Our connecting back to these tremendous three days in the life of Jesus or our memorial of them in union with the Church throughout the World, observing them as they have been handed down, is a ponderous remembrance; it is an earthshaking sort of thing meant to have a renewing effect on our faith. This remembrance in union with the Church also puts us on the map, if you will. Our sharing in these great events configures us to Christ and the events by which He saved us for God. The Easter Triduum (memorial, remembrance, ritual example) shows us again where we are at in the only world which counts; it shows us where we are at in the real world, in God’s world.

Let us focus for just a moment on tonight, on the celebration of the Evening Mass of the Lord’s Supper. Holy Thursday is for remembering the Last Supper in the Upper Room, but it is also important as a reminder to us that the order of worship we use today in the Church has been laid down with the same care given in laying down for God’s Chosen People the prescriptions for the celebration of the annual Passover meal. We can’t just make up as we go along what we do here tonight or for that matter at Sunday Mass or at any other time in church. We are part of something greater than ourselves. As St. Paul says: “This is what I received from the Lord and in turn passed on to you…” St. Paul assures the Corinthians and us that “on the same night he was betrayed, Jesus took bread…” We do what Jesus did as a memorial; we do it tonight, as well as every Sunday and every other time we come together for Holy Mass; we do it by His command.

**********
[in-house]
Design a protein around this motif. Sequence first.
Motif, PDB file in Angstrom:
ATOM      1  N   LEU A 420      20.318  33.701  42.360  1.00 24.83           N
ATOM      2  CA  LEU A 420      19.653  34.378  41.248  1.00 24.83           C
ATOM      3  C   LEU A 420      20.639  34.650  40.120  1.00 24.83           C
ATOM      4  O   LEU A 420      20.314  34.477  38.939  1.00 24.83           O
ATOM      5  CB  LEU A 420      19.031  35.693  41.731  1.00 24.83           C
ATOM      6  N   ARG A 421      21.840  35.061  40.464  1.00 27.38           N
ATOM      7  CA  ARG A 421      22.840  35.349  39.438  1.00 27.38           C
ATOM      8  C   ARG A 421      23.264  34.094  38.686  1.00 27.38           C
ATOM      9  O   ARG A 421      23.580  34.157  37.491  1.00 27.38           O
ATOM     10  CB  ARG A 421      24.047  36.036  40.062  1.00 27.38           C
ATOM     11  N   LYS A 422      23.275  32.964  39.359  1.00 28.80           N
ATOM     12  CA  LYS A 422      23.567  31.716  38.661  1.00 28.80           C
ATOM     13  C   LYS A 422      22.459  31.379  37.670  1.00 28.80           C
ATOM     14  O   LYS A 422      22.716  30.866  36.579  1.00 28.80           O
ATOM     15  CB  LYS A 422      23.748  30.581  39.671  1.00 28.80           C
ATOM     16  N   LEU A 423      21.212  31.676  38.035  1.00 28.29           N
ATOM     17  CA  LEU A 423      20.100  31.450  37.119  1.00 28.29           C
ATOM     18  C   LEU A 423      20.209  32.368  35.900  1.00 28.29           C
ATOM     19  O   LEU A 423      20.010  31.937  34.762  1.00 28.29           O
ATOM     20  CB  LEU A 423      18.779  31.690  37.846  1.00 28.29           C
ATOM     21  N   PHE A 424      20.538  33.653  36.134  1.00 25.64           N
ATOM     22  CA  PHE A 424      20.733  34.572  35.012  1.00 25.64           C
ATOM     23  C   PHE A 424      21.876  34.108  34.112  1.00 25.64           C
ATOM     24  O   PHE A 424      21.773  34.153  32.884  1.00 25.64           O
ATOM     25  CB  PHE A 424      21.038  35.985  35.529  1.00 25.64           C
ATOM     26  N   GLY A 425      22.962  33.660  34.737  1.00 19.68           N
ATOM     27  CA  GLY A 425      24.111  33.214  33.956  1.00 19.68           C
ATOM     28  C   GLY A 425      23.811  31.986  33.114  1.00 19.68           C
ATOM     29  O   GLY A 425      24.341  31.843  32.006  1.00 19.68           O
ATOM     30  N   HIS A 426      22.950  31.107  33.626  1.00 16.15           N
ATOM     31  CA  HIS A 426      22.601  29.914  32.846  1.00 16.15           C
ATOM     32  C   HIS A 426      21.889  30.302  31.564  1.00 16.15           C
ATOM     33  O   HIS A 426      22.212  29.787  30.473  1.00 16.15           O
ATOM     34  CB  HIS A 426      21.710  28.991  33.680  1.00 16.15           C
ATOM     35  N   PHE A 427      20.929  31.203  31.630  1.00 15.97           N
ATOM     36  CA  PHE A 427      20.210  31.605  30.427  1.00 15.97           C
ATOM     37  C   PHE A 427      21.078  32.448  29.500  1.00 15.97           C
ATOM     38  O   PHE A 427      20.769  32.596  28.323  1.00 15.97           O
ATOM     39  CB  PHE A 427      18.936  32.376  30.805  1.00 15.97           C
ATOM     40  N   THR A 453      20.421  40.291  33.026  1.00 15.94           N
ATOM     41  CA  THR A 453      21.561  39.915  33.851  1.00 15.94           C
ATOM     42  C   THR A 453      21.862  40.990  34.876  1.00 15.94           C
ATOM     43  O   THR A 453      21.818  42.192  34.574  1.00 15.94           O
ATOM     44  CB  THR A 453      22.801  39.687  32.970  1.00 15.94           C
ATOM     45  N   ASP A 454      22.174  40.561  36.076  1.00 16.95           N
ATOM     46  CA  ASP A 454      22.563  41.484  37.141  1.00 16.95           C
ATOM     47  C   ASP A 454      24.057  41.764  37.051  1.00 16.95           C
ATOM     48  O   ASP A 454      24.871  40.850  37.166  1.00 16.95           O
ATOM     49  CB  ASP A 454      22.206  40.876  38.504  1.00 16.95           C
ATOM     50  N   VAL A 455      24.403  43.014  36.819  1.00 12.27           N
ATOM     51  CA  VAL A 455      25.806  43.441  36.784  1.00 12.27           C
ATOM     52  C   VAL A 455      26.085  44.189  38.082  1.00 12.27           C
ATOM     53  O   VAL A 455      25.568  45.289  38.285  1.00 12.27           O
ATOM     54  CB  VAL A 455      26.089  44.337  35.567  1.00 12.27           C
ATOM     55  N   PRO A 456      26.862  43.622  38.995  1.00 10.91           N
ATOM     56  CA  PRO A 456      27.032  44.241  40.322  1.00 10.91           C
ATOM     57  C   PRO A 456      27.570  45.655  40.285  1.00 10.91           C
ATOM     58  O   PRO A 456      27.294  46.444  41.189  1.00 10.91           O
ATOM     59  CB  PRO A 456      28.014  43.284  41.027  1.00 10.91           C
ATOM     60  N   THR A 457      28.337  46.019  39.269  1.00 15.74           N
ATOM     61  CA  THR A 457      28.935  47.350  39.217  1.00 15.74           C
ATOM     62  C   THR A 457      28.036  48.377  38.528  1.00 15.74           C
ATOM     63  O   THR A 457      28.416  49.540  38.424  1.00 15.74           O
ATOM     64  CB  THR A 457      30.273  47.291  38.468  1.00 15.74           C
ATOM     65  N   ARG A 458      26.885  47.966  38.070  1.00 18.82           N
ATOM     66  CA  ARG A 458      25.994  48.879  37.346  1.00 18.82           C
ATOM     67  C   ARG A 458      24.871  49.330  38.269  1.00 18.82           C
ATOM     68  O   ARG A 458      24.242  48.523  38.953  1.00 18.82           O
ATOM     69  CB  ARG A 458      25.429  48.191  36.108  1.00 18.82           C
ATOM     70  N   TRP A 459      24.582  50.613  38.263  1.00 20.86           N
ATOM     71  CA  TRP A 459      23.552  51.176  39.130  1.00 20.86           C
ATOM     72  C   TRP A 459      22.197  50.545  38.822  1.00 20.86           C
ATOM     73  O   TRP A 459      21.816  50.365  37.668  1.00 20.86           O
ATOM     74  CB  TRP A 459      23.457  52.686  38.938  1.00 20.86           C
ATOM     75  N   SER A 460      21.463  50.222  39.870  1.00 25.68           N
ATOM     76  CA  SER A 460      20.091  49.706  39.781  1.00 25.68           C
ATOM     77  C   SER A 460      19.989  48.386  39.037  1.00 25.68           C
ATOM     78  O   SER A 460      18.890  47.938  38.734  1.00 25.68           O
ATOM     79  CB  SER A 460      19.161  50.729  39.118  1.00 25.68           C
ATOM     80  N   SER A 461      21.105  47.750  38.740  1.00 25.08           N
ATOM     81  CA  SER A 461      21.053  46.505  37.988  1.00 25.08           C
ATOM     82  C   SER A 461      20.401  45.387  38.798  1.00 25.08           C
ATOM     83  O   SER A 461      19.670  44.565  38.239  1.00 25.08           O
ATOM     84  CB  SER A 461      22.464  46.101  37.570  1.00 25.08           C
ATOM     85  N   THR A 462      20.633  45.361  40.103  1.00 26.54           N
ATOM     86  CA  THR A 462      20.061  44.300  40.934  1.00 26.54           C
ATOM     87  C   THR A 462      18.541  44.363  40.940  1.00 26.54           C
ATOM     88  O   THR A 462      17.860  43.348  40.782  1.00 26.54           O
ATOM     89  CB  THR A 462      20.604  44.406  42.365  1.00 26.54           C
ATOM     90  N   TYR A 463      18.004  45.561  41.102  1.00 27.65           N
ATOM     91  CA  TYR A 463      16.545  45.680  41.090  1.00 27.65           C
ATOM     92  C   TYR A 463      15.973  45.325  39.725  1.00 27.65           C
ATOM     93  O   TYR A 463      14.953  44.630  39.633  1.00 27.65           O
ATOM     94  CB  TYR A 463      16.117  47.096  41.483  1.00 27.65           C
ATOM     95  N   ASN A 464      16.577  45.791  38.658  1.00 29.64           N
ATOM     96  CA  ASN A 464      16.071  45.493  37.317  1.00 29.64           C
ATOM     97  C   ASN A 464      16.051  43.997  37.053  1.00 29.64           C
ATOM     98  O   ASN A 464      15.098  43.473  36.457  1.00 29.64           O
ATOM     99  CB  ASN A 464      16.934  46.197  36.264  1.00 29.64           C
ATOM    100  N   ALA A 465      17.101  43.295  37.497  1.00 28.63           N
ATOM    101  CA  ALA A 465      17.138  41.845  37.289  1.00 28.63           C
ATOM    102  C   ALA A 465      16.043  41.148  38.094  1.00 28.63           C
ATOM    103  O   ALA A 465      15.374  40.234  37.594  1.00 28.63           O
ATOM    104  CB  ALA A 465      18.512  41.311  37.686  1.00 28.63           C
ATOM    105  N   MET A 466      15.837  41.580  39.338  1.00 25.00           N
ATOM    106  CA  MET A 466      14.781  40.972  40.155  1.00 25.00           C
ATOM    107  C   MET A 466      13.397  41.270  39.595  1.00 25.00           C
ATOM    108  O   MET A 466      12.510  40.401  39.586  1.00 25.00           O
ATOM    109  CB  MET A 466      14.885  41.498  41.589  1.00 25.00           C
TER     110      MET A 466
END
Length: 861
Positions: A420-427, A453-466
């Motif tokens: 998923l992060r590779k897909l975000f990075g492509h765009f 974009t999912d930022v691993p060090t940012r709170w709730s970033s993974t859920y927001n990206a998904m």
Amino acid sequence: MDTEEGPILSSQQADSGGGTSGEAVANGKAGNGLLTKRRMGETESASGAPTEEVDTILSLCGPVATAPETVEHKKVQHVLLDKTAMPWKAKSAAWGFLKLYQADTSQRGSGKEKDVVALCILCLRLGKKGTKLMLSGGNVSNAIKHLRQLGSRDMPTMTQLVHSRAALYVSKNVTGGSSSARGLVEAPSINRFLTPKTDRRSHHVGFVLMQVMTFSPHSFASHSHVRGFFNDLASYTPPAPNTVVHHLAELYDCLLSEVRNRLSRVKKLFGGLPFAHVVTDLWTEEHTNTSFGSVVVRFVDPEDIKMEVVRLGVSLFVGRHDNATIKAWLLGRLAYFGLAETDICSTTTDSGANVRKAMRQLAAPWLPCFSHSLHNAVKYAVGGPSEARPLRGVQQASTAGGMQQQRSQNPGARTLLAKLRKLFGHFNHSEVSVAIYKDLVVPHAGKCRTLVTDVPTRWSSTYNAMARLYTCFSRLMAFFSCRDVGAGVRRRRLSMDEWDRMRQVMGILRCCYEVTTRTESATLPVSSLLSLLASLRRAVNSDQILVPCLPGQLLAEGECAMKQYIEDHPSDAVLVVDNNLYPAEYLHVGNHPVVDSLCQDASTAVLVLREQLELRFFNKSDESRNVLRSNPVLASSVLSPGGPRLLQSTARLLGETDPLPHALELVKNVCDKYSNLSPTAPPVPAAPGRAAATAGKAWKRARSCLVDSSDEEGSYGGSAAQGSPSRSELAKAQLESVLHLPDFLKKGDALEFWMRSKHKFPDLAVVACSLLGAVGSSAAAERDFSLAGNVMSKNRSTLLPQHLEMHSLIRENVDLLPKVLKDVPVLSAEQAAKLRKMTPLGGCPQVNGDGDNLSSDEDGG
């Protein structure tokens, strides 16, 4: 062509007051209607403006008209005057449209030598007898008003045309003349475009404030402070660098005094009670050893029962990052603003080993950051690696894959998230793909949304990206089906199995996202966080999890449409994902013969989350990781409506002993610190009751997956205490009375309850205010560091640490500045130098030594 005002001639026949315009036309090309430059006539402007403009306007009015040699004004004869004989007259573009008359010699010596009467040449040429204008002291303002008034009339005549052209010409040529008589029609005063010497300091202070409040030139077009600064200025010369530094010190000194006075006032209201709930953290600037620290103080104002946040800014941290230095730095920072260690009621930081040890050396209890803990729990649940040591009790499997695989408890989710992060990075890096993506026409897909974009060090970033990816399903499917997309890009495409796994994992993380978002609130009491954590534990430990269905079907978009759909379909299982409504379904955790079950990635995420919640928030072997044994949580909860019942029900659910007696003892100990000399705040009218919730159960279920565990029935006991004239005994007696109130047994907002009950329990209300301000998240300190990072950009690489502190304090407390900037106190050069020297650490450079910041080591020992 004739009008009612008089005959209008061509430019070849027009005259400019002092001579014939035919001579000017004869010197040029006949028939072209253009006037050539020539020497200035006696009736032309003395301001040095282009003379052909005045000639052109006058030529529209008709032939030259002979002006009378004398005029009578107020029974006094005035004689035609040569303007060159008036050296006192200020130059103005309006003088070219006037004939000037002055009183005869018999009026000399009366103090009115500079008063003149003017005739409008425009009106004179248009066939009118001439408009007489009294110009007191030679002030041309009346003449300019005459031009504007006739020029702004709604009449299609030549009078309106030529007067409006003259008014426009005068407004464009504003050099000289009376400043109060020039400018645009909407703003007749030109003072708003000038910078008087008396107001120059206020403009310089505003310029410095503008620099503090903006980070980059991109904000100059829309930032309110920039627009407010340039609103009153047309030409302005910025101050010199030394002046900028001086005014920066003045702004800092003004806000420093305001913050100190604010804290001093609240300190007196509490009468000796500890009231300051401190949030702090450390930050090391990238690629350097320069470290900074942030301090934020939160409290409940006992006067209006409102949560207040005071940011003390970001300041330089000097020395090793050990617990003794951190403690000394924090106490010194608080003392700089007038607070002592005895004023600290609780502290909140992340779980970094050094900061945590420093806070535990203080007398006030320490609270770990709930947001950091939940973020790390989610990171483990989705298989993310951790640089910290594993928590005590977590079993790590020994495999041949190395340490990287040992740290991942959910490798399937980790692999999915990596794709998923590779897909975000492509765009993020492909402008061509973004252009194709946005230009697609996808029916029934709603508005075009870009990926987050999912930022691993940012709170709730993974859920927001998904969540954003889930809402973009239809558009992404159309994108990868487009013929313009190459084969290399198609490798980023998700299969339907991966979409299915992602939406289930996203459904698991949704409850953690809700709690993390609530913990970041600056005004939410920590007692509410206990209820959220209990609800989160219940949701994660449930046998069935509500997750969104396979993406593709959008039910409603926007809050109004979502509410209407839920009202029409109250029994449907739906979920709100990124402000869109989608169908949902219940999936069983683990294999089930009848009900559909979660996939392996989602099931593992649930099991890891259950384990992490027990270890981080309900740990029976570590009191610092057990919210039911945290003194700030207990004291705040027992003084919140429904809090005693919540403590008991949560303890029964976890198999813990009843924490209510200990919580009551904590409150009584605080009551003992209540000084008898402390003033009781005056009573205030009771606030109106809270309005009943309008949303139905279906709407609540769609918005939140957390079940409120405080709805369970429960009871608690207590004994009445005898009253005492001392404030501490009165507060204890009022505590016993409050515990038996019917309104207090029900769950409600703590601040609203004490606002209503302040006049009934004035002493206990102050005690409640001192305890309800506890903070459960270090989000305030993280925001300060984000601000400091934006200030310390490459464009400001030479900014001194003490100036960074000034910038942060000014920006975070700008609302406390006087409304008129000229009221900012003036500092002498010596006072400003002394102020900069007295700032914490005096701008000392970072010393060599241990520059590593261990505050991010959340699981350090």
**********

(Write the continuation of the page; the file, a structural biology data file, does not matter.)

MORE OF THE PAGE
An important distinction must be made in this regard between what other people can do even in very solemn fashion and what we do in celebrating the Eucharist. I can “stage” a remembrance or a memorial or I can “observe” one: they are two very different things. The veterans, the military, the government and others stage Remembrance Day. What they do on that day to honor those who have fallen in battle in defense of truth, freedom and democracy is arranged and organized by their decision. Although each year’s ceremony is about the same there is nothing really to prohibit them from doing it otherwise. Divine Worship, the Mass and the Sacraments, are different: they constitute a memorial which I must observe not construct or invent. They come from the Lord. No matter whether Bishop, Priest or Pope, if I do not do what the Lord commanded in terms of this memorial feast then I’m doing something else and I’m doing wrong. Worship is for Church and it is for life.